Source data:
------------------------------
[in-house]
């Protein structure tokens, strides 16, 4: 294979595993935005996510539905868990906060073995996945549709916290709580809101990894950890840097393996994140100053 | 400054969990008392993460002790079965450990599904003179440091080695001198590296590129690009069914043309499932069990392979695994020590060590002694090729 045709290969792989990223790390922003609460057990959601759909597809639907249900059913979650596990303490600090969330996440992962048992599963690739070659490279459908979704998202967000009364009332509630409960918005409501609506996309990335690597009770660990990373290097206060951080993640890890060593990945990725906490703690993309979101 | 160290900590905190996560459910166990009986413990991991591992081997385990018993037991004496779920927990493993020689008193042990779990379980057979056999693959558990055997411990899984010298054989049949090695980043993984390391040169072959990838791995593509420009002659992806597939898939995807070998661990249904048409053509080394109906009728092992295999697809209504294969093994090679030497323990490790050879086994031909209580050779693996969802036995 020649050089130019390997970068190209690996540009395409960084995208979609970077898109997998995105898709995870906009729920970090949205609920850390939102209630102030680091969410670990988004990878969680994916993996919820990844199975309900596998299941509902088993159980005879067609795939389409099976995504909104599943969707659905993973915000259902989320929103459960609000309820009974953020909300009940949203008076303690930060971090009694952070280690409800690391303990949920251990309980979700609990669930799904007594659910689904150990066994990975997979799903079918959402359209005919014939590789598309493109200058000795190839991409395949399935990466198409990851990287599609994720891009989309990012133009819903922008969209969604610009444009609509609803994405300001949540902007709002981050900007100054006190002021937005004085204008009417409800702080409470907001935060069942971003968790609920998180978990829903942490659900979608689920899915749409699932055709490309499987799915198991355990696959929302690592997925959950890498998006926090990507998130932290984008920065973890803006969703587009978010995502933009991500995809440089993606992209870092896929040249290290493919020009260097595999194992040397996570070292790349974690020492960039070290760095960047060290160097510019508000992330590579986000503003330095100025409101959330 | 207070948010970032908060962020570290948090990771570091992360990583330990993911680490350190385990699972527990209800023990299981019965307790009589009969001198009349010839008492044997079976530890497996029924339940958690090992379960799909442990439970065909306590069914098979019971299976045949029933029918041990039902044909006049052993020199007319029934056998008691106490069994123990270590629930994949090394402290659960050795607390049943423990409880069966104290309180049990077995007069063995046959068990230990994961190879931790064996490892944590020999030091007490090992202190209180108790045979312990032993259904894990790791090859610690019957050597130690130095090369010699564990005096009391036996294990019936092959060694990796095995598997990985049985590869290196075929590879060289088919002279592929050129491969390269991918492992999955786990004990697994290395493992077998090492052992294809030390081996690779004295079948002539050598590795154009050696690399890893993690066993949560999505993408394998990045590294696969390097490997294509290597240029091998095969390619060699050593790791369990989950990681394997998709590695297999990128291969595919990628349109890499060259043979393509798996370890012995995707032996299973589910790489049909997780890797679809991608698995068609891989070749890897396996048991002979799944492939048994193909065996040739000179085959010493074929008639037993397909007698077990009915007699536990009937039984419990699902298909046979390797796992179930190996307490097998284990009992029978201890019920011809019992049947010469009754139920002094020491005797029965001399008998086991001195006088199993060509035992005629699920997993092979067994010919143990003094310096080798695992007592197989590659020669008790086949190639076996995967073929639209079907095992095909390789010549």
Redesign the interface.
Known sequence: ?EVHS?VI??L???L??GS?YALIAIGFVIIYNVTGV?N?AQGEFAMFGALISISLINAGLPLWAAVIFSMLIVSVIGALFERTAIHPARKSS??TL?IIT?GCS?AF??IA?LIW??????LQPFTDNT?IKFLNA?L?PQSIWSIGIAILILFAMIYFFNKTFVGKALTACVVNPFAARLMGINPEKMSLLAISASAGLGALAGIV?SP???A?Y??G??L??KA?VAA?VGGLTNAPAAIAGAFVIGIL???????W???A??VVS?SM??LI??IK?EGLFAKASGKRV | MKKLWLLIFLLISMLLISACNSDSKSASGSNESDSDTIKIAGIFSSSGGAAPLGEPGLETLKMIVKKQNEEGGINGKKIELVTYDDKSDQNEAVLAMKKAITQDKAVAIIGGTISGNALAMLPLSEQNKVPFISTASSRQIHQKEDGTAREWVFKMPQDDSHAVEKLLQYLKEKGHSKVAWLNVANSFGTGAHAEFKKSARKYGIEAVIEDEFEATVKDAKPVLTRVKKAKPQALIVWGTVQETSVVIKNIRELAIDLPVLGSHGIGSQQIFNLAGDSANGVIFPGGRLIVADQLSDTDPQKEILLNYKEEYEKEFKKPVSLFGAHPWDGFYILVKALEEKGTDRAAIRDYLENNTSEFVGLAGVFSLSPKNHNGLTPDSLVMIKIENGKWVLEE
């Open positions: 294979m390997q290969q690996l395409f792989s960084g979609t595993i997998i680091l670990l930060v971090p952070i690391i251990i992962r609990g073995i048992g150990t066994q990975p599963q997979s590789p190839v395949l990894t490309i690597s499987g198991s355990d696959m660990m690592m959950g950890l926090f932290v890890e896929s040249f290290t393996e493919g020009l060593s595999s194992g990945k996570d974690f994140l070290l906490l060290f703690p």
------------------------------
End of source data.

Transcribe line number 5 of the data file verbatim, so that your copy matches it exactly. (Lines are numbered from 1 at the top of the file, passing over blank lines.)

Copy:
């Open positions: 294979m390997q290969q690996l395409f792989s960084g979609t595993i997998i680091l670990l930060v971090p952070i690391i251990i992962r609990g073995i048992g150990t066994q990975p599963q997979s590789p190839v395949l990894t490309i690597s499987g198991s355990d696959m660990m690592m959950g950890l926090f932290v890890e896929s040249f290290t393996e493919g020009l060593s595999s194992g990945k996570d974690f994140l070290l906490l060290f703690p």